In the alternate embodiment of FIGS. 7 and 8, the sensor includes at least two parallel driven electrodes 66 and two parallel sensed electrodes 68 that are arranged to provide four crossings X that are equi-distanced from each other so that the four crossings form four corners of a square configuration where the crossings are radially symmetrical around the longitudinal axis of the tip section. It is understood that any number of electrodes can be arranged in any suitable pattern and that electrodes can be consistently driven or consistently sensed, or that with an appropriate circuitry the same electrode(s) can alternate between being driven and being sensed, as needed. Indeed, as understood by one of ordinary skill in the art, the present system with the appropriate circuitry can employ any suitable number of electrodes arranged as driven and/or sensed electrodes.

In the illustrated embodiment of FIGS. 3, 4A and 4B, the stop member 62 is proximal of the pressure sensor 60 and acts as a rigid foundation for the pressure sensor. The member is disc shaped having a thicker planar construction and a circular cross-section having an outer diameter D3 and an inner diameter D4 defining a central lumen 70. The outer diameter is similar to or slightly less than an outer diameter of the tubing 19 and the tip electrode 17 such that a smooth and atraumatic profile is presented between the tubing 19 and the tip electrode 17 at or near the distal end of the catheter. The inner diameter is sufficiently large to allow the aforementioned components to extend between the tubing 19 and the tip electrode 17. The thickness of the stop member between a distal planar surface and a proximal planar surface ranges between about 0.4 mm and 0.5 mm. The material of the member can be any material that is sufficiently rigid under forces ranging between about 5 and 150 gf.

Distal surface of the stop member and/or proximal surface of the tip electrode are generally planar and perpendicular to the longitudinal axis of the distal tip section so that the pressure sensor sandwiched therebetween detects primarily axial forces acting on the tip electrode, although measurement of radial components is also possible through analysis of differences in the measured axial components of the force acting on the tip electrode. These surfaces can include raised formations equally spaced about the longitudinal axis which act to localize forces to the grid intersections of the pressure sensor. In the illustrated embodiment, the proximal surface of the tip electrode has a plurality of circular mounds 74 which plurality is equal to the plurality of electrode intersections X in the pressure sensor. As illustrated, each mound is situated in axial alignment with a respective electrode intersections for localizing forces applied to the tip electrode to the intersections X of the pressure sensor.

It is understood that the while the words “pressure” and “force” have different technical meaning and units of measurement, these terms are used interchangeably herein as the pressure sensor is configured with the electrode intersections at various intervals (with pre-determined area of coverage for each intersection) allowing for the signals to be displayed as pressure. Thus, the representation of any particular area depends on the plurality of intersections in that area, with a greater plurality providing a greater representation and a lesser plurality providing a lesser representation. In that regard, where the raised formations of the stop member and/or the proximal end of the tip electrode have known surface areas, results of measurements taken can be determined in terms of force values. As such, multiple electrode junctions are advantageously utilized to determine force components and by triangulation, force vectors.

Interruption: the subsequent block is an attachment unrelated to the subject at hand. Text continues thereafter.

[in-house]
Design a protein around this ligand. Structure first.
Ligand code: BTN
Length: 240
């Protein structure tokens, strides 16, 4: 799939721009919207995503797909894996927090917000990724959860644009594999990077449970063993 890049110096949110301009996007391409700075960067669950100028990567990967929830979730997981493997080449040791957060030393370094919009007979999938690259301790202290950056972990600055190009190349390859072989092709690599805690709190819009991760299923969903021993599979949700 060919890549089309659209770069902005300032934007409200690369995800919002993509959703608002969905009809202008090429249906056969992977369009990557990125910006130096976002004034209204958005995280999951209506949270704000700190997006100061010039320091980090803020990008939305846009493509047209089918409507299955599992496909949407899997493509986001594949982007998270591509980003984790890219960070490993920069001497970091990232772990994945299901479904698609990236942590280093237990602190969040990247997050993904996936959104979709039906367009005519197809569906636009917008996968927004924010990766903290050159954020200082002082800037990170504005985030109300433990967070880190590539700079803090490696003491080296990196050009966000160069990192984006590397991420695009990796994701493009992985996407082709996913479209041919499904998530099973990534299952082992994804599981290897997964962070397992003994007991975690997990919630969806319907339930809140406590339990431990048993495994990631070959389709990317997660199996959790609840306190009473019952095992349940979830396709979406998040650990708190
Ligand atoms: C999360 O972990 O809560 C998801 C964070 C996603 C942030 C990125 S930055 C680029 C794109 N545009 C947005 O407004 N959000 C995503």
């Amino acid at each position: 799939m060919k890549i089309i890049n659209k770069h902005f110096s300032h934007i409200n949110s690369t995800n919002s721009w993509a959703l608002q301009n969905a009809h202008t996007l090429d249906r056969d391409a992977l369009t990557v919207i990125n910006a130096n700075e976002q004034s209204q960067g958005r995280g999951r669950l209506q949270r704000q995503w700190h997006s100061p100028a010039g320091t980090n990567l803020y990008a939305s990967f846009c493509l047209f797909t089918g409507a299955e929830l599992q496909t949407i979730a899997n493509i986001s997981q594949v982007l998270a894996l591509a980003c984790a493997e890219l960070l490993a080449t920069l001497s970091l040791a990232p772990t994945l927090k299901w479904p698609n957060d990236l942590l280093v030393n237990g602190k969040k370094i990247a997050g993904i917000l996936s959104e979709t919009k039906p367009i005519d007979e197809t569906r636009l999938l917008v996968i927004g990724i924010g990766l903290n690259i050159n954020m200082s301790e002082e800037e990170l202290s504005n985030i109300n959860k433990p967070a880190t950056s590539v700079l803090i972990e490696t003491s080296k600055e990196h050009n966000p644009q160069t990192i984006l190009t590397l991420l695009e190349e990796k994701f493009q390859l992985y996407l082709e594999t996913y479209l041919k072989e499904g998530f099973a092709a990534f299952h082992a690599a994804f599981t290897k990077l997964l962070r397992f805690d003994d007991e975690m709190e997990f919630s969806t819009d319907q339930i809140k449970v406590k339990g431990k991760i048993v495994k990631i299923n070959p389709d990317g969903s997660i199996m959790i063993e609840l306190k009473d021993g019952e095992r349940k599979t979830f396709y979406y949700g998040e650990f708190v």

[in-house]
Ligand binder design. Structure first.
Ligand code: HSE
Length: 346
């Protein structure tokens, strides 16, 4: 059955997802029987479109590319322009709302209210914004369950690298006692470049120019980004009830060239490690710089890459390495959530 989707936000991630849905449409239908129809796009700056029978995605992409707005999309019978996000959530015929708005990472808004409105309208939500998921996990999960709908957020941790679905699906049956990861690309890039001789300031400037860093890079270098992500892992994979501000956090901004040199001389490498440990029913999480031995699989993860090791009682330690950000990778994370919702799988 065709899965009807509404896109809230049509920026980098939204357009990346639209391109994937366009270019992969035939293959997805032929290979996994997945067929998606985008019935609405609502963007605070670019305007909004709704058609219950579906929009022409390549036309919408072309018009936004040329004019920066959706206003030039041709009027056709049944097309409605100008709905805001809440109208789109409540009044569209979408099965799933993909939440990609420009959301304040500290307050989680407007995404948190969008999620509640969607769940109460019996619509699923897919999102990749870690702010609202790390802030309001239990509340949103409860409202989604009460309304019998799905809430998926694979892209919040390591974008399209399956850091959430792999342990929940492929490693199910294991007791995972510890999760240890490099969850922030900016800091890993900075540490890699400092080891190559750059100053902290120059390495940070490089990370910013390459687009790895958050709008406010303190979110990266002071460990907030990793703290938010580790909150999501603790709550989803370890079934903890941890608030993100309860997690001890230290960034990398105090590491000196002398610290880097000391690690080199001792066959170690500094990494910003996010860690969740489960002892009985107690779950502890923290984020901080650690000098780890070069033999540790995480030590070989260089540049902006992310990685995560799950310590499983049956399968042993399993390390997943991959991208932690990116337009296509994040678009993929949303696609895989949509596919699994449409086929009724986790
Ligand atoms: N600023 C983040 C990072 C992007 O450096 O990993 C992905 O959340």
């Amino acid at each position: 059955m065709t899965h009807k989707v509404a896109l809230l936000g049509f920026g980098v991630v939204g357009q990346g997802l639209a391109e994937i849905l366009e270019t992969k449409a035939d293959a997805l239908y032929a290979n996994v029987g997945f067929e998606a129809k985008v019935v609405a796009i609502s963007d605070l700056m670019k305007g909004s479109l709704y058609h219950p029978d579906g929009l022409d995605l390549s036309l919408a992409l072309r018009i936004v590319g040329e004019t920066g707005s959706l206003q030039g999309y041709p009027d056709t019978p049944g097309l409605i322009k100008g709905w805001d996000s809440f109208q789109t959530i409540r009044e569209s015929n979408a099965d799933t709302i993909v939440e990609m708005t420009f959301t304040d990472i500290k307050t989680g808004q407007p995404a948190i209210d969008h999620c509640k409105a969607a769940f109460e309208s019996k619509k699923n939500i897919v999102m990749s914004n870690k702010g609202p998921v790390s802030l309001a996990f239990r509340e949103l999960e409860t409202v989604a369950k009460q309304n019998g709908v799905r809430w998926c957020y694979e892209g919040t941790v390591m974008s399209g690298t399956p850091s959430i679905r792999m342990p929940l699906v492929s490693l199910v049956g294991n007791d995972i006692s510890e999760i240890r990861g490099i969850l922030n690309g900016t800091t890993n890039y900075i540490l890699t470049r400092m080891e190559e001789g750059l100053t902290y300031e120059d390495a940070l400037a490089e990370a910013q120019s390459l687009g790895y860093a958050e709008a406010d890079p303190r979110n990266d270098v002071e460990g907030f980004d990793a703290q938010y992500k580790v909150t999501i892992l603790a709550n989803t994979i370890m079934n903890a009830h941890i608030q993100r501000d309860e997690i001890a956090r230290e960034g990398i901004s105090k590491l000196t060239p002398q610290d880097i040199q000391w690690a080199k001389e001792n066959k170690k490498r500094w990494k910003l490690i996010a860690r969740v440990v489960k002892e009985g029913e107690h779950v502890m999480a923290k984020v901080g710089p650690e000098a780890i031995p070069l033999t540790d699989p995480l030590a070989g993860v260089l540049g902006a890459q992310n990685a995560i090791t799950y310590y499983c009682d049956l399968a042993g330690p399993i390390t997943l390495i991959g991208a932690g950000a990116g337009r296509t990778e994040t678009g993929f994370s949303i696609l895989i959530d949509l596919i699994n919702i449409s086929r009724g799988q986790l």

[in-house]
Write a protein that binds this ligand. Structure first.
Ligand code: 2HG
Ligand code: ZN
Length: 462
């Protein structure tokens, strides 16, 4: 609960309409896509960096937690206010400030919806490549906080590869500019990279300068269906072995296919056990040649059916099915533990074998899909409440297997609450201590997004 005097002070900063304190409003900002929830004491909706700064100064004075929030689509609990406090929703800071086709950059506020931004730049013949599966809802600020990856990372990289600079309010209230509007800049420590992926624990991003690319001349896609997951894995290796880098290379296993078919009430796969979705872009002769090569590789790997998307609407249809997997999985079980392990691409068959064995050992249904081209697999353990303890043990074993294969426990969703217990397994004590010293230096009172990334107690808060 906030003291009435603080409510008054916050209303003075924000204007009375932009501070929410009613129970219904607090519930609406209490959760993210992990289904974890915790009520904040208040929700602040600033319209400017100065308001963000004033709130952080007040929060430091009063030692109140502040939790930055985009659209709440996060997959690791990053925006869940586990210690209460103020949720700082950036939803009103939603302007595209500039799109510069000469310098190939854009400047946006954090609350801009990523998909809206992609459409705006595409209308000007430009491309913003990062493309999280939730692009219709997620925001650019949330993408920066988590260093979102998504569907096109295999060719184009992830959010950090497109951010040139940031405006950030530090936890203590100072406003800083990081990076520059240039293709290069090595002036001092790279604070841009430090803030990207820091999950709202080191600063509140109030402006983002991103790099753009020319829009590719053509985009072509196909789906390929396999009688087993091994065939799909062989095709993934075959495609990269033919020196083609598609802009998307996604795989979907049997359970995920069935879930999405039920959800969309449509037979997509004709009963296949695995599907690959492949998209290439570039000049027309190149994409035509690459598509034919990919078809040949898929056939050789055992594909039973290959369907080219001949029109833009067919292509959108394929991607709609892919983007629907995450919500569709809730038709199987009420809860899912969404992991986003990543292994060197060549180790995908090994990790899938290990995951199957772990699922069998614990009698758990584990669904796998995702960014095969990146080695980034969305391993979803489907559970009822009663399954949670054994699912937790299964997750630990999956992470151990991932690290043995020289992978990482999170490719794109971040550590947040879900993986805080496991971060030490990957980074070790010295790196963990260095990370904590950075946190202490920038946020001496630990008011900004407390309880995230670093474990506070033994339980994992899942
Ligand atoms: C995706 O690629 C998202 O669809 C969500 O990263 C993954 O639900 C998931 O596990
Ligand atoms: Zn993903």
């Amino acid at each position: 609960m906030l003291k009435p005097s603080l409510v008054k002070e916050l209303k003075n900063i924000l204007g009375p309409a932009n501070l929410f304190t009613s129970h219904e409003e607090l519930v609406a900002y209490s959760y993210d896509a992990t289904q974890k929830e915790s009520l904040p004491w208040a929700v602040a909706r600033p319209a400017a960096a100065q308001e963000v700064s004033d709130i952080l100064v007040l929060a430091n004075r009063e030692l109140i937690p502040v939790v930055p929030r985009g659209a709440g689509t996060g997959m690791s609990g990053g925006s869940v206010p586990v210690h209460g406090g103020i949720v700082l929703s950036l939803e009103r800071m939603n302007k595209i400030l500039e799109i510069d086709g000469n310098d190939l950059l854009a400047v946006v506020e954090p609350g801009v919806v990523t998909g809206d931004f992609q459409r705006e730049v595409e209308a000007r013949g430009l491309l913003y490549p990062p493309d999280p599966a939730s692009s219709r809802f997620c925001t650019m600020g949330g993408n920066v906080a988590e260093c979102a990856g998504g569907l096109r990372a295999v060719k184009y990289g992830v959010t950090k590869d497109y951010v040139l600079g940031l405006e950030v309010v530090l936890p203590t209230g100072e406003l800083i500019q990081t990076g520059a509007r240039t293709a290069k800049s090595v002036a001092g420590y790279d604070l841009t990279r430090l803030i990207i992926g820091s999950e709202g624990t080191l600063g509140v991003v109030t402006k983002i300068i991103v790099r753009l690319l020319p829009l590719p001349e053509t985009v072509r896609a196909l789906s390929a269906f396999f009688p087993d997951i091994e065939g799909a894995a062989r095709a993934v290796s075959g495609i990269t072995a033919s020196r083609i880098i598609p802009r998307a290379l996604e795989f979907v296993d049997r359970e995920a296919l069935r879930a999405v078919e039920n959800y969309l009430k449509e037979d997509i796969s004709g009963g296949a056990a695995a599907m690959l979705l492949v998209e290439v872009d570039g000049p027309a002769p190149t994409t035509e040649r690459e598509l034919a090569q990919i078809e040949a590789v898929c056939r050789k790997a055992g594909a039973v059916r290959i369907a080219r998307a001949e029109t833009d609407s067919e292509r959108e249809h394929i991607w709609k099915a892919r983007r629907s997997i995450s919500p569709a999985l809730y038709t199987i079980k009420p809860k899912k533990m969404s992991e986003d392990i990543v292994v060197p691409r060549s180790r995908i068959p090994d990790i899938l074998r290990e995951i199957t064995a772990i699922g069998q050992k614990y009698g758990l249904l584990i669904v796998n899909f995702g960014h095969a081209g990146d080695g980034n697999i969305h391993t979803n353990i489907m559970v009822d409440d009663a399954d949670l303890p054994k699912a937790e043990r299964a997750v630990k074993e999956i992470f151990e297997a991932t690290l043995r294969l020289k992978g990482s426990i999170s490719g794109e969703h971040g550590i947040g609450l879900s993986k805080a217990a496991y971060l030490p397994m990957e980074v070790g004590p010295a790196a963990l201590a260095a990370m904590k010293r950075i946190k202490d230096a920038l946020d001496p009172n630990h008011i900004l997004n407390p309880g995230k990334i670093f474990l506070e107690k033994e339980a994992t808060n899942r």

As best seen in FIG. 4C, distal ends of the tip electrode lead wire 40 and the thermocouple wires 41 and 45 are anchored in blind holes 120 and 122, respectively, formed in the proximal end of the tip electrode 17. The electromagnetic position sensor 21 is received in the blind hole 124. The irrigation tubing 38 extends into irrigation passage 126 formed at the proximal end of the tip electrode. The passage 126 is in communication with radial transverse branches 130 to allow fluid delivered by the irrigation tubing 38 to exit to outside of the tip electrode via a plurality of radial ports 132.

As described, the catheter 10 is suited for bi-directional deflection with user control of the puller wires via the deflection member on the control handle. However, an embodiment of a catheter 10 a adapted for use with a guiding sheath is illustrated in FIG. 9. The catheter 10′ is without a multi-lumen tubing deflectable by puller wires. As shown, the distal end of the catheter body 12 is attached to the distal tip section 15, without an intermediate portion in between, with the components passing between the central lumen 18 of the catheter body 12 and the central lumens of the stop member 62 and the pressure sensor 60.